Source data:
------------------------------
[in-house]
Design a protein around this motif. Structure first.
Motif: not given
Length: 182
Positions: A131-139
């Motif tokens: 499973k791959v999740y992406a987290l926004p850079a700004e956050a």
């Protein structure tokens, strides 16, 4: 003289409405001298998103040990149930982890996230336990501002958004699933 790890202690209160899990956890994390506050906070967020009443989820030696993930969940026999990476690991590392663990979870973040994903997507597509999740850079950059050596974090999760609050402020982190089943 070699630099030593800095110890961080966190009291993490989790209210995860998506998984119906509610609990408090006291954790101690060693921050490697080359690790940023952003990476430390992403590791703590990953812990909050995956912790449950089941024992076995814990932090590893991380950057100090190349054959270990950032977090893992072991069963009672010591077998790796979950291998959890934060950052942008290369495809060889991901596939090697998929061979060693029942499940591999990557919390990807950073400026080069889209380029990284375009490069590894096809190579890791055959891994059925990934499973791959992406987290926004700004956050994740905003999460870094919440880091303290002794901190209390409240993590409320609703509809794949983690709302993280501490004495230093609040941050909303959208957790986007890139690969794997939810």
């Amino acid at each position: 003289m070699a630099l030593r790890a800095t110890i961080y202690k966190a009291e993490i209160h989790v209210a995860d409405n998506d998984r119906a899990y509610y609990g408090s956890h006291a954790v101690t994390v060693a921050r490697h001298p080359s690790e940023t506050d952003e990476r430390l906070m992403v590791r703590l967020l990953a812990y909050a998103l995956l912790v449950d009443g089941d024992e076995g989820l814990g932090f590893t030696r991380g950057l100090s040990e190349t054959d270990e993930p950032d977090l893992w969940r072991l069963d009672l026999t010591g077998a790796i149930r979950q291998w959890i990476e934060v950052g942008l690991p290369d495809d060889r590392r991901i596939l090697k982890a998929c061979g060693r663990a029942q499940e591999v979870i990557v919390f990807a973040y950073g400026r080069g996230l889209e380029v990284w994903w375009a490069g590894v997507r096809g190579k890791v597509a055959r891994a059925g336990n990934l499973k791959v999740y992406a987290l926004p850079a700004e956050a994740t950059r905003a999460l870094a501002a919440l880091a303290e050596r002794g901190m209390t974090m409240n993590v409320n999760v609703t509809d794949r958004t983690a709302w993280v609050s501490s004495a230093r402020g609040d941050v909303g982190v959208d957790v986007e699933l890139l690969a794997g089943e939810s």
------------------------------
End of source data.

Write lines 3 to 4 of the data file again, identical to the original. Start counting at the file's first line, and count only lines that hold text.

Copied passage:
Motif: not given
Length: 182